In Tobacco Racketeers Get Off Easy, the Times stamps its editorial feet this morning, frustrated by the judge's rulings in a suit accusing Big Tobacco under racketeering statutes. The judge had earlier denied the $280 billion penalty originally sought, and has now turned thumbs down on "the modest billions sought by prosecutors."
Fulminates the Times: "The prospects for reining in this rogue industry seem limited unless Congress finds the gumption to crack down — or top tobacco executives develop a conscience and decide to get out of the death-dealing business."
Did the MSM get together and decide this would be Bad Economics Saturday? As I noted here, the New York Times emitted an editorial this morning grimly imagining a downturn despite the good economic news.
Over at the Boston Globe, Robert Kuttner has chipped in with More than Wal-Mart. While applauding the efforts of Dem politicians to go after the country's biggest retailer, Kuttner claims that isn't nearly enough. He wants much more government regulation of the economy, and higher taxes for the 'rich'.
"[Wal-Mart's] wages and health benefits are dismal. Wal-Mart batters down wages."
The Boston Globe has been running an occasional series of editorials on the issues for the upcoming gubernatorial campaign. Today's, they're talking about crime and punishment. The Globe opinion writers, doctrinaire liberals that they are, are concerned about the former, but more concerned about the latter. But sometimes you have to wonder whether they're even reading and paying attention to what they themselves are writing. The following paragraph comes directly from this morning's essay.
But for several years now, fortunately, the pendulum has swung back toward rehabilitation. None of this year's candidates for governor would subscribe to the busting rocks doctrine. But being smart on crime, as well as tough, takes leadership. With violence on the rise and a majority of inmates being released unsupervised, the next governor will have to make reshaping the state's corrections policy a public-safety priority. (emphasis mine)
OK. The pendulum has swung back toward rehabilitation and violence is on the rise. Therefore, apparently, we need more rehabilitation and less punishment. The fairly standard liberal approach to all societal ills. We spend tons of money on poverty programs and poverty increases? Spend more! We spend on education, test scores go down? Spend more! We swing from punishment to rehabilitation and violence increases? More rehabilitation! (This is, of course, the largest newspaper in a state in which a gubernatorial candidate is currently running on simultaneously increasing both jobs and the minimum wage, so a spot of cognitive dissonance is nothing new or unusual.)
Those burly hawks of the Boston Globe are at it again. With a Landis-like testosterone rush, the Globe's editorial this morning, Tarring the majority, rips George H.W. Bush for failing to have taken out Saddam at the conclusion of Operation Desert Storm. Or as the Globe so sneeringly put it:
"The weakling-in-chief who failed to oust Saddam Hussein in 1991 was not a Democrat but the first President George Bush."
Yes, we all remember those rousing Globe editorials urging the first war against Iraq. And who can forget the glorious martial strains of its editorial opus "On to Baghdad!" at war's end? Or not.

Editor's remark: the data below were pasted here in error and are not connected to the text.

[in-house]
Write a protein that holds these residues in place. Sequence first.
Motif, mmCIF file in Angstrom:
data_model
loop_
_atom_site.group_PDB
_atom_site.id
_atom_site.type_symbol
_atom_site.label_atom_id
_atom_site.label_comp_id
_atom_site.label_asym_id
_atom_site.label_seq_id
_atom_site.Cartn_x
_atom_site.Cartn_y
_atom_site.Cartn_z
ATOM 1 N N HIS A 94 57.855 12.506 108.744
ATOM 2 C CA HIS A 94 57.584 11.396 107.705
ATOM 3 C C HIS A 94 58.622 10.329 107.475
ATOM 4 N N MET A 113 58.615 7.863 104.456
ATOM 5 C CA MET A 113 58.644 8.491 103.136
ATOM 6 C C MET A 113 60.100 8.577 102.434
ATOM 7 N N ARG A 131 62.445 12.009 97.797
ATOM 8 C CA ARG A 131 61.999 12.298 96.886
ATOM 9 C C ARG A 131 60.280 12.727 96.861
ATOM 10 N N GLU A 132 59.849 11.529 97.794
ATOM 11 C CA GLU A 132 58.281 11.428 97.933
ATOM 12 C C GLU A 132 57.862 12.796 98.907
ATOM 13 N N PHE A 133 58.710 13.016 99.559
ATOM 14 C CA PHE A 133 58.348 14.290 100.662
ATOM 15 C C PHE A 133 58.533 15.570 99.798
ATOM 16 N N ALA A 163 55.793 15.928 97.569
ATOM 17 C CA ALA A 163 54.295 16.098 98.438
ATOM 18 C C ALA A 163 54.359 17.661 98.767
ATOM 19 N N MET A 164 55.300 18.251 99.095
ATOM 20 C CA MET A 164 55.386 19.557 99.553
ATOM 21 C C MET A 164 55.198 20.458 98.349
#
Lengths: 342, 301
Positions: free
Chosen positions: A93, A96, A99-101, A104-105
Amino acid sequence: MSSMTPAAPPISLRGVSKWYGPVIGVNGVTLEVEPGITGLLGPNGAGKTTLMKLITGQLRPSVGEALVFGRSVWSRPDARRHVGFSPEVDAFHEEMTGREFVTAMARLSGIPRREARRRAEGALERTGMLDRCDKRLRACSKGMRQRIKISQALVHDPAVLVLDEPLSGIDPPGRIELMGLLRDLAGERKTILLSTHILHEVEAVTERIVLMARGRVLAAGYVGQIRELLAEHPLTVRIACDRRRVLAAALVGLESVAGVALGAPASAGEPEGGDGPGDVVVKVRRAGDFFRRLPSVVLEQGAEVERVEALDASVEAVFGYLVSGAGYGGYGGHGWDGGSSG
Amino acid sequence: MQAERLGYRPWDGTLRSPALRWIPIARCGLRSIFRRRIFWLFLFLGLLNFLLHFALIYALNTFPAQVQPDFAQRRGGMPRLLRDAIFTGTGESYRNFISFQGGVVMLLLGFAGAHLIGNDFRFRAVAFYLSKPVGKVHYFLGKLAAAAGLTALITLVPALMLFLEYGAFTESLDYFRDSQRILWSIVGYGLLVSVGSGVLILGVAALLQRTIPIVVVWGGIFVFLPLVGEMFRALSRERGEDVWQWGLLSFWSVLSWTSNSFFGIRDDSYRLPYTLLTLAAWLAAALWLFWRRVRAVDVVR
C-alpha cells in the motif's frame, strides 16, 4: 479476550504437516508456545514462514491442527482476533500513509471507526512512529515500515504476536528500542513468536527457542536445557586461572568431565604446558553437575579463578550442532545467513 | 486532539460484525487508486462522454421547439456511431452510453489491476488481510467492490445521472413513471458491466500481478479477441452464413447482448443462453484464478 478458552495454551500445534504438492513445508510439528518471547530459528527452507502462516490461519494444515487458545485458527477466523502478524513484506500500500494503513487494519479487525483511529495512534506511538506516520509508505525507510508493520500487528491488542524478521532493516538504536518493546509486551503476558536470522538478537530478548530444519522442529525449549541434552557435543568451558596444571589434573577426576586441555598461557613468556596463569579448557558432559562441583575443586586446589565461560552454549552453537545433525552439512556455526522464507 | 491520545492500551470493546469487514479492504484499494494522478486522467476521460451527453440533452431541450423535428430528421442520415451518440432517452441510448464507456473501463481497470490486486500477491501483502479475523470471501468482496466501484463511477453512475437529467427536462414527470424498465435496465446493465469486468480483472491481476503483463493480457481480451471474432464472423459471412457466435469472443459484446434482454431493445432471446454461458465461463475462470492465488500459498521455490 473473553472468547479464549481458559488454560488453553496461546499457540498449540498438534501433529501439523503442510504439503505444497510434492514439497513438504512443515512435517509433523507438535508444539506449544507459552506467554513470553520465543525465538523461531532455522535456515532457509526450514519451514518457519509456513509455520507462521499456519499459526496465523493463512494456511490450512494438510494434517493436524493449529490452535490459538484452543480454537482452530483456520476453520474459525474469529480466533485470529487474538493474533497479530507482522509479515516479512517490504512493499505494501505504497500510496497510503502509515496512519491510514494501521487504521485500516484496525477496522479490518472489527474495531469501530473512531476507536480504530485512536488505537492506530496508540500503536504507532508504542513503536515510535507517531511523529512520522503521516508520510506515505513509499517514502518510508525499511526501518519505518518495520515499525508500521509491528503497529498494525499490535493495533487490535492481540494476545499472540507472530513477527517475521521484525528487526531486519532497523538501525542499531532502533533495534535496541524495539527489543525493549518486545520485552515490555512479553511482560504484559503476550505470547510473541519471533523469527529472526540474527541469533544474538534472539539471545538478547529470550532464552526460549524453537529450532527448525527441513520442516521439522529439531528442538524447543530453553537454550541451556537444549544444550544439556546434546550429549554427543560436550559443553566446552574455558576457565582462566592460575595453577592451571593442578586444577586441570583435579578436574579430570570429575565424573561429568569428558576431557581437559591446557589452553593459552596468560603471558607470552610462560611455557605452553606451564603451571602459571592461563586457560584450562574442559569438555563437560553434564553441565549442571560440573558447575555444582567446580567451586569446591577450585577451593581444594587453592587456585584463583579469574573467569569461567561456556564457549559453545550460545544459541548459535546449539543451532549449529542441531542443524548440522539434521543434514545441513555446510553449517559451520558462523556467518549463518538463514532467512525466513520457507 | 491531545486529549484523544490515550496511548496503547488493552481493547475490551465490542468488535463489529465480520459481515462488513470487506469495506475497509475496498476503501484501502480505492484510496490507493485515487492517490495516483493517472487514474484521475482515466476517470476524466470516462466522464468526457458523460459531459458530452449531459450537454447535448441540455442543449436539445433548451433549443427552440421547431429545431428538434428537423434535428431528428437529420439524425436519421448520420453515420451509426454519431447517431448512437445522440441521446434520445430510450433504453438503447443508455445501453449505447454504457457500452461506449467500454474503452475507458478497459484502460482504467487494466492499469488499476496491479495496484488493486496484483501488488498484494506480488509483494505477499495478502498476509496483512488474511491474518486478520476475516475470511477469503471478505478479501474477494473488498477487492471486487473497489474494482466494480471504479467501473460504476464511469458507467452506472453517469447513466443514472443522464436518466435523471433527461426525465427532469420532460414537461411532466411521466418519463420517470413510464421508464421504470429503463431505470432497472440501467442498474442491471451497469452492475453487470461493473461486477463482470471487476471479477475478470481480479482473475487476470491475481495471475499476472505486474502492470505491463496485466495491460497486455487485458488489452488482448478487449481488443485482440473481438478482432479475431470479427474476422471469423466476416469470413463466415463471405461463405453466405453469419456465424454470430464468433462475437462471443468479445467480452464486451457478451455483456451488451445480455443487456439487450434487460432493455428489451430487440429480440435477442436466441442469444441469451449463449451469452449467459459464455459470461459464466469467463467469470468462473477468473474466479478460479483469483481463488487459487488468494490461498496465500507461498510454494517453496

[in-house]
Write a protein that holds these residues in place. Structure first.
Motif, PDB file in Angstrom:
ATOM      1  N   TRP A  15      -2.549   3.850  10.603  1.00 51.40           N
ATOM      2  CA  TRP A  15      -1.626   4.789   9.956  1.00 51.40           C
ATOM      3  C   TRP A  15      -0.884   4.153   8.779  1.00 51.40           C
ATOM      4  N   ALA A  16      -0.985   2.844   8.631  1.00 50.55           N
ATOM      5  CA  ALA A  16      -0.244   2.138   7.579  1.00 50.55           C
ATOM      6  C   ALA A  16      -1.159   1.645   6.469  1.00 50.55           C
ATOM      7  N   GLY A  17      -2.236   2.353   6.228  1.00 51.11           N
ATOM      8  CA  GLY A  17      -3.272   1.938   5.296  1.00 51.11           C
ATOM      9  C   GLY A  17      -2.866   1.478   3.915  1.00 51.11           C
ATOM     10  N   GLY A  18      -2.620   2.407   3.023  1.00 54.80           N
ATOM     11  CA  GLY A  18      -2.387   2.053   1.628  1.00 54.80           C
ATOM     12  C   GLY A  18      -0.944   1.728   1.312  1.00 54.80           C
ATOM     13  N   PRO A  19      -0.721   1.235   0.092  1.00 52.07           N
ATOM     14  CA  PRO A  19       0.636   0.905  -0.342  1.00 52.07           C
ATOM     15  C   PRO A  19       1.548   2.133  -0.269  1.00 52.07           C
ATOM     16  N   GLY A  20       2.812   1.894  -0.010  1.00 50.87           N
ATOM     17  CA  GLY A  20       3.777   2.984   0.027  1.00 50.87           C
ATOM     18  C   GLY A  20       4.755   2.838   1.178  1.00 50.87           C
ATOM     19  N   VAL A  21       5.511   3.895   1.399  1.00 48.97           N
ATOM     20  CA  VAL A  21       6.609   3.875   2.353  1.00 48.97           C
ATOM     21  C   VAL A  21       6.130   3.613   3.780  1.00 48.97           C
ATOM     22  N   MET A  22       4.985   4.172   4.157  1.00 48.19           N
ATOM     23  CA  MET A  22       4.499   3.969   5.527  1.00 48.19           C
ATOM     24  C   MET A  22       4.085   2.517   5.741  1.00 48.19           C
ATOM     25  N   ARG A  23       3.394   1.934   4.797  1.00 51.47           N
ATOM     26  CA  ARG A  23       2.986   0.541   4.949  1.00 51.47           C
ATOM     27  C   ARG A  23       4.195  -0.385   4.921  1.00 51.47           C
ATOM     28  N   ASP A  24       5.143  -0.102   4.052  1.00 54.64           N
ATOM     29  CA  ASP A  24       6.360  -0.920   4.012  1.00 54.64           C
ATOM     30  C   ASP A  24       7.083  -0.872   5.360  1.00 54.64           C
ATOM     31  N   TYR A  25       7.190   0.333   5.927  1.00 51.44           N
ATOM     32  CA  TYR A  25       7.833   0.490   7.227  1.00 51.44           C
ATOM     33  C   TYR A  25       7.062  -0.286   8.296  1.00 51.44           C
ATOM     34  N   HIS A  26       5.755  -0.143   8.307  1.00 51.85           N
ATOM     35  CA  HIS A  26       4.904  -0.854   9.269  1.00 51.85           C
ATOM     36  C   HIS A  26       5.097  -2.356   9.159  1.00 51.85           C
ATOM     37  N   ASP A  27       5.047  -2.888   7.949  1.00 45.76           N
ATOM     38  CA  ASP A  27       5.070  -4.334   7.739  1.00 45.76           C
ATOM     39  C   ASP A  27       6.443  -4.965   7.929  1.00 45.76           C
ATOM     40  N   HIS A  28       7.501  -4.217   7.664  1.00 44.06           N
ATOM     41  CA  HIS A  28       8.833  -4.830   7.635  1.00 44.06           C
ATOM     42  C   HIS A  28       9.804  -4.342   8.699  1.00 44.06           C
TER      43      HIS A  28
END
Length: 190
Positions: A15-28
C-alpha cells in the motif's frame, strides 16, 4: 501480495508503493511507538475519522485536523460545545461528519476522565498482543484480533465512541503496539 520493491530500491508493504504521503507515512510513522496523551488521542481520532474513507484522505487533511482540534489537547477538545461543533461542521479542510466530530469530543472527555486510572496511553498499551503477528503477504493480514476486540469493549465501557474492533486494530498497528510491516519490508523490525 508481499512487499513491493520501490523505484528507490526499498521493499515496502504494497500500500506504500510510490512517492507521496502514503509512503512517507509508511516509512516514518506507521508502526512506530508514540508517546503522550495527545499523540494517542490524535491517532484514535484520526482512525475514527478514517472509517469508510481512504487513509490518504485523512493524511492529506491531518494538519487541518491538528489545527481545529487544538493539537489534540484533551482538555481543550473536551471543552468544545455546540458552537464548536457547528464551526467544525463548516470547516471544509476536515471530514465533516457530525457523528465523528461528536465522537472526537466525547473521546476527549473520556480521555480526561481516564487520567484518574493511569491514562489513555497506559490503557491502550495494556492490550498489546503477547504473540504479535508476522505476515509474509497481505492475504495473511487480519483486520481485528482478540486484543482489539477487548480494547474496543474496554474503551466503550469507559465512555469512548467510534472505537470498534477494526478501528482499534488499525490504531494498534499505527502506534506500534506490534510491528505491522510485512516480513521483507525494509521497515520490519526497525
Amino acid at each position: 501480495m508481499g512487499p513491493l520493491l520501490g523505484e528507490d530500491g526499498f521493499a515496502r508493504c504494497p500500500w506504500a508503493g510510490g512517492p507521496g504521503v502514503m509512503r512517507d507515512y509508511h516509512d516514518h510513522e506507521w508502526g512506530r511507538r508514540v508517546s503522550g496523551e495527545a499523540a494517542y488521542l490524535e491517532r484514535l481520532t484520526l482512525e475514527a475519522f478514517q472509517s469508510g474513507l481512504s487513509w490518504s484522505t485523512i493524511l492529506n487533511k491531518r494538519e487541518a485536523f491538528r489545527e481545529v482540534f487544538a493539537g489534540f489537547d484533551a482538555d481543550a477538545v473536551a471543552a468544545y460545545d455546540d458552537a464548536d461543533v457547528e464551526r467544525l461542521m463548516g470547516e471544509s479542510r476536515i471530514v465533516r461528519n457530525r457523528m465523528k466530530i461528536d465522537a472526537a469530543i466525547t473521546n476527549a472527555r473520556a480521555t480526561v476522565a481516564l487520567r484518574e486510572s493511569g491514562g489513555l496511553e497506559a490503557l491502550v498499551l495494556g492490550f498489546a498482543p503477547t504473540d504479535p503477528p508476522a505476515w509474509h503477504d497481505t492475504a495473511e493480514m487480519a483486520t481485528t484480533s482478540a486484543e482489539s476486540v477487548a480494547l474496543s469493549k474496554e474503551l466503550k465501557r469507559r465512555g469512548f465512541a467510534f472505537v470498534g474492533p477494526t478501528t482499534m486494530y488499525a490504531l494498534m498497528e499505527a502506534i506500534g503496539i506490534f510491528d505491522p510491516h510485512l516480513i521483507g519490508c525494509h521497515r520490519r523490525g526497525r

On August 2, the Boston Globe ran an article about a soldier who lost both legs in Iraq. Reporter Brian MacQuarrie tried to paint Sgt. Brian Fountaine as anti-war, even having the heart-wrenching article title, "A Soldier Maimed by War Now Questions the Mission."
President Bush came and sat by the side of Sergeant Brian Fountaine, a 24-year-old tank commander from Dorchester, a gung-ho soldier who had lobbied to be deployed a second time. Now Fountaine was among the wounded at Walter Reed Army Medical Center, his legs amputated below the knees after an explosion June 8 ripped apart the Humvee in which he was riding.
The president chatted about the sergeant's beloved Red Sox, but made no reference to the war, the soldier said.
If the topic had come up, the president might not have liked what Fountaine had on his mind. In a dramatic change of heart, Fountaine now considers the war a military quagmire in which American soldiers are caught in a deadly vise between irreconcilable enemies.
Last week, I mentioned to Michelle Malkin that it was weird that several networks only made a one-day story out of a Muslim shooting up a Jewish community center in Seattle, killing one woman and wounding five, while Mel Gibson's drunken rant was the story that couldn't end. Boston Globe columnist Jeff Jacoby did a little counting in Nexis and found the disparity was vast and wide between Gibson's drunk-driving arrest and Naveed Haq's murdering rampage:
In the first six days after his arrest, the media database Nexis logged 888 stories mentioning "Mel Gibson" and "Jews"....Yet after six days, a Nexis search turned up only 236 stories mentioning Haq -- one-fourth the number dealing with Gibson's drunken outburst.
Jacoby said celebrity and "The Passion" subtext aside, the shooting was a much bigger story:
Ashamed of their sins at Hiroshima and Nagasaki, Americans were actually awaiting payback along the lines of 9/11. You say you were unaware of any such feelings? That's only because your feeling was 'subliminal.' Your shame was 'unconscious.' Well, that, or the fact that you just don't have the same exquisitely refined sensibilities of Boston Globe columnist James Carroll.